Joe and I stayed at the beach on election night until well after dark, candles lit, drinking hot coffee and listening to the roar of the waves. As I watched that golden orb sink down at the end of the vast sea, I couldn’t help but take comfort in the Psalmist’s words: From the rising of the sun to its setting, the name of the Lord is to be praised! (Psalm 113:3).
Over the past few days I have pressed hard into what I shared in my last blog; that in the face of unprecedented division and rancor, as slurs and bitterness and judgment, and even despair fills the air, I am to do one thing—love Jesus more. And loving Jesus more means loving the people who he created in his image more, no matter what their political persuasion or who they voted for.
It is my love for Jesus and for every individual in our divided country that makes me write this blog. While Hillary Clinton and Donald Trump, and the platforms they represented were as far apart on most issues as the east is from the west, there was one difference that has uniquely troubled me. It is this: For historical and socio-political reasons, Donald Trump has been the candidate that the country, and indeed the world, associates with evangelicals. Right or wrong, like it or not, that means that because I am an evangelical in the truest sense of the word, what Trump says and does reflects on me, but far more importantly, on Jesus, my Lord. To that end, I humbly submit the following:
Dear President-elect Trump:
Some pundits are saying you have won because evangelicals voted for you, and I don’t know if that is true or not. But what I do know is that no matter how important your platform might be, from my perspective as an evangelical, you have said and done many things over the past several months that violate truths we hold dear. I won’t repeat your faults and failings here, for we have heard them from the media ad nauseam.
But I also do not want to remain silent about them any longer. While I don’t presume to speak on behalf of every person who might identify as an evangelical, the truth is that almost every definition of the word, including that of the NAE (national association of evangelicals) affirms that Scripture is our highest authority. This means that when any candidate says or does something that violates deeply-held truths from God’s Word, that candidate is not representing evangelicals in that moment.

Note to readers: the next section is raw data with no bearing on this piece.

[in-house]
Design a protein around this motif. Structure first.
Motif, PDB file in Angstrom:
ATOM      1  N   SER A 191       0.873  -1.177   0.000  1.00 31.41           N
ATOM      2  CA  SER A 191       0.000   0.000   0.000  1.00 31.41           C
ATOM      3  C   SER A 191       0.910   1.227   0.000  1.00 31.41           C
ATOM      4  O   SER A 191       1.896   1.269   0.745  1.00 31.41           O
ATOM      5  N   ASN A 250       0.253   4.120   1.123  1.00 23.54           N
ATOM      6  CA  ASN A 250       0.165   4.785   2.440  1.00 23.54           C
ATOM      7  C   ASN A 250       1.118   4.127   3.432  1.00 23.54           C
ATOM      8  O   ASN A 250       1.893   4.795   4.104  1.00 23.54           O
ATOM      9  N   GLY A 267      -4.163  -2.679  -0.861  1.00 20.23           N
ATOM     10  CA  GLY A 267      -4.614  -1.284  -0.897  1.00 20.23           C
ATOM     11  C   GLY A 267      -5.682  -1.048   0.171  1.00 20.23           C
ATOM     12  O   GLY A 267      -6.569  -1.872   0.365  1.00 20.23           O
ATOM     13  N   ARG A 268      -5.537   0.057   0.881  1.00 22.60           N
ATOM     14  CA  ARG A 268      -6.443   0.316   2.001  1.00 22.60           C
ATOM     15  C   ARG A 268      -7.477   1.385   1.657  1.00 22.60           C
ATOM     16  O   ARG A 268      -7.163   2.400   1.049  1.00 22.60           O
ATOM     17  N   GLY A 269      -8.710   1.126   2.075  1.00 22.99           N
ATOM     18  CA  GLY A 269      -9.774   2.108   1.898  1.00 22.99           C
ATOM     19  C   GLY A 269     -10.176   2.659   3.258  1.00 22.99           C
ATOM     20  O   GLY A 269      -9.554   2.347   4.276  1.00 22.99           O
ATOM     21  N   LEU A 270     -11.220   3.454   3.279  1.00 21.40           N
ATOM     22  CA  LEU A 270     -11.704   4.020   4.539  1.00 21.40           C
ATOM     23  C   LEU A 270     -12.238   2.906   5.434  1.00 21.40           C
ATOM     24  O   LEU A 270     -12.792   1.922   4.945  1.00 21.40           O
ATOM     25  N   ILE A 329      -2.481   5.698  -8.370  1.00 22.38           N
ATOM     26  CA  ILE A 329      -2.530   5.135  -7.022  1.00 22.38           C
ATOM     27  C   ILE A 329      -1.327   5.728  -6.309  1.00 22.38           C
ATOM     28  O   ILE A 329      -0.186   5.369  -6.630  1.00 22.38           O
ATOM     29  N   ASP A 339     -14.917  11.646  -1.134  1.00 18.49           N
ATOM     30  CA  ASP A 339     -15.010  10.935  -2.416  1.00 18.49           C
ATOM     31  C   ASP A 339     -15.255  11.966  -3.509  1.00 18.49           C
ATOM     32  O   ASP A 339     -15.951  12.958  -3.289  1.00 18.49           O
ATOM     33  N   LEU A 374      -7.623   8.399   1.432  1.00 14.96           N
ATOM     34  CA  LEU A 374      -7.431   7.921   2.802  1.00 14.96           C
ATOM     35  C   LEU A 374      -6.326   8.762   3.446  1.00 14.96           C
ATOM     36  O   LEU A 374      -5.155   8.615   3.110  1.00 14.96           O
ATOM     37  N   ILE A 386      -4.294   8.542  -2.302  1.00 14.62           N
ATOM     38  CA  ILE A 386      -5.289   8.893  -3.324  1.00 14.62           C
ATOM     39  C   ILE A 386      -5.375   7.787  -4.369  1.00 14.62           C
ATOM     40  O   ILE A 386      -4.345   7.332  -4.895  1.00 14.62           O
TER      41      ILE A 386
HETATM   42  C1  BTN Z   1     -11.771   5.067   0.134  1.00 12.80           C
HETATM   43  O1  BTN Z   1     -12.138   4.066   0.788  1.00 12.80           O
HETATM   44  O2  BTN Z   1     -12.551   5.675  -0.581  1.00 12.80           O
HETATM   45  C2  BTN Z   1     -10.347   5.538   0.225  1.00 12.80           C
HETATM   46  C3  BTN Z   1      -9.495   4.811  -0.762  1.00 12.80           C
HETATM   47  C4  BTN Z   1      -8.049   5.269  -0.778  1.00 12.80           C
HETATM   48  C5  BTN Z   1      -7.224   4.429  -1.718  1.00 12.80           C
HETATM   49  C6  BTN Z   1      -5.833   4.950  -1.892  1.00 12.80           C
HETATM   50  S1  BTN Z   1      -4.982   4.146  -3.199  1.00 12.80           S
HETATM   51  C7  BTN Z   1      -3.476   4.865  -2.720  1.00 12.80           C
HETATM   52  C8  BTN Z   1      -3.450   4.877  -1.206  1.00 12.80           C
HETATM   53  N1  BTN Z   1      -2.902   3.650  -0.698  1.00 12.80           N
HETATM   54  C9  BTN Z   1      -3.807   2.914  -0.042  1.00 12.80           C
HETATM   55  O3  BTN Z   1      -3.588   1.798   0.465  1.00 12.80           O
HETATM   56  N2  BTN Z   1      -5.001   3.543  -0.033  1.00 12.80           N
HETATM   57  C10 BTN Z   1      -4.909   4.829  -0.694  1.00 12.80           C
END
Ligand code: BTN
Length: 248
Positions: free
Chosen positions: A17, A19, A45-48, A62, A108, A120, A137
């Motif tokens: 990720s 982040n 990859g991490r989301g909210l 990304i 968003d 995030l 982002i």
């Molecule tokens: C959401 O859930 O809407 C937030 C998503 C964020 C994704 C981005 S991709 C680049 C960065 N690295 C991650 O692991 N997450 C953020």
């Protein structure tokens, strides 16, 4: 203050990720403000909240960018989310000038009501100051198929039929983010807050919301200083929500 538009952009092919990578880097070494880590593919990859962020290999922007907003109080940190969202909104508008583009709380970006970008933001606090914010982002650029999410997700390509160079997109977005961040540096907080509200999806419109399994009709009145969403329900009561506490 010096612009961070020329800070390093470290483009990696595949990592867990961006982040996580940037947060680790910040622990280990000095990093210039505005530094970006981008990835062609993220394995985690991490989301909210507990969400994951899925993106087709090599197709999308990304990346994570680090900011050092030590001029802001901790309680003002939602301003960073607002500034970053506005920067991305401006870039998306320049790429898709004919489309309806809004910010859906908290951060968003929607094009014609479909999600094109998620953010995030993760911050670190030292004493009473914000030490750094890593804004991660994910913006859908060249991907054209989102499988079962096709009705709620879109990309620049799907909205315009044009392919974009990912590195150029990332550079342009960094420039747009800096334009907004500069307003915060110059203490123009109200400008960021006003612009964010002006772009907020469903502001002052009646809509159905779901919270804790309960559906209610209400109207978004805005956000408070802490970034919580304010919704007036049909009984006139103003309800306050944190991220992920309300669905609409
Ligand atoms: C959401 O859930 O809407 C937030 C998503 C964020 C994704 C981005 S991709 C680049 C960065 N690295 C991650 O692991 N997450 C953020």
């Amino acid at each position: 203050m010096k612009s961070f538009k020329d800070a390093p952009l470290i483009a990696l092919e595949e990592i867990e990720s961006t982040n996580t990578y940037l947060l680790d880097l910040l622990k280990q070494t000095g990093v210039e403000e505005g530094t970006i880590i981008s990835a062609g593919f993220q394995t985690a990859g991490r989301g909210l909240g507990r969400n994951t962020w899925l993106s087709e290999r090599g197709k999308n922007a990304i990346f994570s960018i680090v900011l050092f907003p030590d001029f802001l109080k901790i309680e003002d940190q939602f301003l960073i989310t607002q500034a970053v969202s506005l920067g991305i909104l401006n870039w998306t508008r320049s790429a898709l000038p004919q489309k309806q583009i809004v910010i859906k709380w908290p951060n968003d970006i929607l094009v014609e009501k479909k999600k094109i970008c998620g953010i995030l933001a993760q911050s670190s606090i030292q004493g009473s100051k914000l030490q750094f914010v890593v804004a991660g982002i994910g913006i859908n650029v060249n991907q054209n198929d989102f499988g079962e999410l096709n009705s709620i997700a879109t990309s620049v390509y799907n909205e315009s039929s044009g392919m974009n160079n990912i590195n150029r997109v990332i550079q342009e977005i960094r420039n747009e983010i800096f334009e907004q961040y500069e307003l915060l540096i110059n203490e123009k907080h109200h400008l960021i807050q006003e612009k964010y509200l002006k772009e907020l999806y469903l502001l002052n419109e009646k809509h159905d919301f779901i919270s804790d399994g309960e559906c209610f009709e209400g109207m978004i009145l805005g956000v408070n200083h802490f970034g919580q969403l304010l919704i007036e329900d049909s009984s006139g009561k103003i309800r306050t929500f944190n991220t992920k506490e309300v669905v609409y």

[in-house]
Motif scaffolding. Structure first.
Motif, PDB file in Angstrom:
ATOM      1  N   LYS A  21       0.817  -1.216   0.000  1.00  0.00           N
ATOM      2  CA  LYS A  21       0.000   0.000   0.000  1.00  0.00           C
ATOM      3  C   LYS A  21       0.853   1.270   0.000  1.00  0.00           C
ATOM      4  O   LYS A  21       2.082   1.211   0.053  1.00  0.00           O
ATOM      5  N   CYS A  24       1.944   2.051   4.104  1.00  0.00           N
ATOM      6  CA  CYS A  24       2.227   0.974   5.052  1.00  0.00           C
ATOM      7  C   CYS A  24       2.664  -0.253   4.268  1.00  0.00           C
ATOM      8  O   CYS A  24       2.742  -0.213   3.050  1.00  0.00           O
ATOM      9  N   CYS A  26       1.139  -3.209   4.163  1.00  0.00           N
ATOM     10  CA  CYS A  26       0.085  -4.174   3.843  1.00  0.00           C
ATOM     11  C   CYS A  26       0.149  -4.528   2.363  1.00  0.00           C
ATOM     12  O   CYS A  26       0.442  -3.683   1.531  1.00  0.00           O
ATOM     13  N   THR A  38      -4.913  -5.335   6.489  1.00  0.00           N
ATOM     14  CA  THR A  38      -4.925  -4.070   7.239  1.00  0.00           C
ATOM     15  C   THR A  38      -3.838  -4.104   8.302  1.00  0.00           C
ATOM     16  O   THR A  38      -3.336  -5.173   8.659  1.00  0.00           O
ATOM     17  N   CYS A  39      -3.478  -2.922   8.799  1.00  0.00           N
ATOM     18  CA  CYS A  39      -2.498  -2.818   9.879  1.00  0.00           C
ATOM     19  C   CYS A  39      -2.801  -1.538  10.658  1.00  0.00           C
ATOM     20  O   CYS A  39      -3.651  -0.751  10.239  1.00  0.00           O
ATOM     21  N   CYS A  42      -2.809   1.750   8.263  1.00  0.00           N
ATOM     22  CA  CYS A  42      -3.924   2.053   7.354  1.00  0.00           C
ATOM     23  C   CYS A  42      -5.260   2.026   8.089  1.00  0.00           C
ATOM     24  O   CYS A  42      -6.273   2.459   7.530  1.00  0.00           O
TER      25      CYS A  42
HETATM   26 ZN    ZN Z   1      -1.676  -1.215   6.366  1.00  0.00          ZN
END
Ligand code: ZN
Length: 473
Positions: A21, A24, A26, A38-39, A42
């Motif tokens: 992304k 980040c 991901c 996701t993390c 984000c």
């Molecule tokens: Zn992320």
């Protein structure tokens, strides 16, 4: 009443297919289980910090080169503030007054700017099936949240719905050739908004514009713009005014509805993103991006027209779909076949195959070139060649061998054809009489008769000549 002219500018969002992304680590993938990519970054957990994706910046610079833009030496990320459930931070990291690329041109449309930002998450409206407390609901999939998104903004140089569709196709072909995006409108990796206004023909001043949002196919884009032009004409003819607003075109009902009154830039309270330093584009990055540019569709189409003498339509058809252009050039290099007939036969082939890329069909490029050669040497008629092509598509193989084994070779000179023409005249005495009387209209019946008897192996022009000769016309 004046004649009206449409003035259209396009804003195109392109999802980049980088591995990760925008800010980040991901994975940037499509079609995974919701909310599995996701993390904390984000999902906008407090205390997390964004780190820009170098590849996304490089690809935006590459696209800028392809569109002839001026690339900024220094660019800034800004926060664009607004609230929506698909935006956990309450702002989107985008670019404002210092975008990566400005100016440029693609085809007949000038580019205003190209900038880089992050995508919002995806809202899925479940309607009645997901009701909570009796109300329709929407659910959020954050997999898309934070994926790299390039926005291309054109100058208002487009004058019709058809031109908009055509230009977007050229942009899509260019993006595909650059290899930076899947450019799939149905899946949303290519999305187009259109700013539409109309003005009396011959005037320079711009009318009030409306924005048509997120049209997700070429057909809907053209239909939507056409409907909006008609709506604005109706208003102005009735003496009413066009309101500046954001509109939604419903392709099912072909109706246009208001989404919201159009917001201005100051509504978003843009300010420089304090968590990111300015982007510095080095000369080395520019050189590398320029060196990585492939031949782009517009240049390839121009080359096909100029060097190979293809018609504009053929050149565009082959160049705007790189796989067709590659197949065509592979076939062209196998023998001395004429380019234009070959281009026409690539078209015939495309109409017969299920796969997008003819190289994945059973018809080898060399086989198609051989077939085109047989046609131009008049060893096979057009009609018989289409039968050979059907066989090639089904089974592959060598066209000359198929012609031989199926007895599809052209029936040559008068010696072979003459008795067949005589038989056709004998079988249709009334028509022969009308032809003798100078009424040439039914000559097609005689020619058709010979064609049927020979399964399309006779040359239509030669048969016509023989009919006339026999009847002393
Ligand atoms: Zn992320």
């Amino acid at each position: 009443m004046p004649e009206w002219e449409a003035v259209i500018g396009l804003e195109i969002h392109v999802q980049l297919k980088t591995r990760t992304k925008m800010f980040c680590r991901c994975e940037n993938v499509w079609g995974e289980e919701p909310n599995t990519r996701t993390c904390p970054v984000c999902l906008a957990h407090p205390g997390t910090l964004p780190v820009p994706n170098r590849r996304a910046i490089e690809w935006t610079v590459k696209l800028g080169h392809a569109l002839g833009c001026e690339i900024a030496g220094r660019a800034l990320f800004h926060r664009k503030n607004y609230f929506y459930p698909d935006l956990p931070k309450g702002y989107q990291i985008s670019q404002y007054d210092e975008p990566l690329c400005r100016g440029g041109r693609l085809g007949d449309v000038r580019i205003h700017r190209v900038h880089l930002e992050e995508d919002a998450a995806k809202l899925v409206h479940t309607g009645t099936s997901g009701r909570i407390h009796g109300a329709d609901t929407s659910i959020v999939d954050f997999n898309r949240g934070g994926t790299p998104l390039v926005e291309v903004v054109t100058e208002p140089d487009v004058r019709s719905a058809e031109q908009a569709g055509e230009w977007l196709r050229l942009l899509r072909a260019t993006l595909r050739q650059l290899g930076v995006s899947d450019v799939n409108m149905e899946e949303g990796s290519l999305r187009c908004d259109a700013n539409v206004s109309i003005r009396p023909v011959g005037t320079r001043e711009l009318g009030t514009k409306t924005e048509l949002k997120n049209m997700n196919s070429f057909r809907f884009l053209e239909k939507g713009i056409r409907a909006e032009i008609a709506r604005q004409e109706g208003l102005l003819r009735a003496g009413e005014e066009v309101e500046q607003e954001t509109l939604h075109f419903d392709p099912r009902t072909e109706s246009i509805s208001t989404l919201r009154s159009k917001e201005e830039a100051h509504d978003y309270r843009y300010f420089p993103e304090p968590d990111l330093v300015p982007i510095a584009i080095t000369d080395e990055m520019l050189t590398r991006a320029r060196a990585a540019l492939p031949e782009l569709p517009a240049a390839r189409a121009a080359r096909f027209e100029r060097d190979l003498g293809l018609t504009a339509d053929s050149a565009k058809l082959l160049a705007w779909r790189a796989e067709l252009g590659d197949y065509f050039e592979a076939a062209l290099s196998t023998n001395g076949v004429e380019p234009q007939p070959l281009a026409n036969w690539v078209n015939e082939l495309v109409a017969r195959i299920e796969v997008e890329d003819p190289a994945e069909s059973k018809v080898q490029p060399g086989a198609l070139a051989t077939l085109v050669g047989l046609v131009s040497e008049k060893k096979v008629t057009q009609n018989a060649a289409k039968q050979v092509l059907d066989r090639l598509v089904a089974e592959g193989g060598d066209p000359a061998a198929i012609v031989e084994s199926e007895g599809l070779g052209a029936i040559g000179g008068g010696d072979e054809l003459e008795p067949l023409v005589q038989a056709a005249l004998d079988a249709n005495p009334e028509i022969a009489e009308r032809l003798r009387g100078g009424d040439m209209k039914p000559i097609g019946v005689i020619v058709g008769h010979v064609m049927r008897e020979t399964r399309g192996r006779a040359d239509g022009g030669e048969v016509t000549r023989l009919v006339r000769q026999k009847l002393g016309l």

While Hillary Clinton is certainly not without her own faults and failures, because you, Mr. Trump, are not only my future president, but are inadvertently associated with my beliefs, I need to share these things with you. Perhaps more importantly, I need to share them with my fellow evangelicals. We bear the weight of responsibility here as well, given that in so many important ways, our lives are no different morally from those outside of our faith. Frankly, I know that you will never see this post, so I write more than anything to remind myself, and others who believe as I do, of some important principles from our holy Scriptures.
We believe that every human being has been created in the image of God, and that we are called to bless and not curse others because of this. (James 3:3-10)
We believe that our highest calling is to love God, and in conjunction with that to love our neighbors as ourselves. (Mark 12:30-31, Luke 10:25-37)
We believe that to love our neighbors means to be the kind of people who go out of our way to show kindness to those Jesus called “the least of these,” the downtrodden and oppressed, including immigrants and refugees. (Malachi 3:5, Matthew 25:31-46)
We believe God highly esteems and respects women, and that they should always be treated honorably (Genesis 1:27, Isaiah 43:6-7, 1 Timothy 5:1-2).
We believe we will give an account for the things we say, and that language or conversations that include coarse joking or sexual innuendo should have no place in our vocabulary. (Ephesians 5:4)
We believe every hint of sexual immorality is incompatible with the tenets of holiness by which we are called to live. (Ephesians 5:3)
We believe every word we speak should be used to build others up and give grace in the moment. (Ephesians 4:29)
I do understand that living out these truths does not preclude strengthening our borders or refining our vetting process or making tough choices to balance the national budget. These are difficult tasks that lie ahead of you. But President-elect Trump, we are a divided country, in desperate need of healing, something you have said you hope to bring about. This, to me, is why how you do what you do, the words you use, and the attitudes you display will be as important as anything you might accomplish. This is why we, as evangelicals, must return to the centrality of God's Word and live as Jesus did, with an unshakable commitment to love above all else.
As January approaches, I want you to know that I am praying for you and our nation, and that I will support you in every way that I can. You have my word. As an evangelical, I can do nothing less.
A troubled American evangelical Jesus follower
Contact Tricia here.
Tricia McCary Rhodes
Author of 7 books and a professor for Fuller Theological Seminary, Tricia specializes in helping others experience God’s presence through practicing soul-care.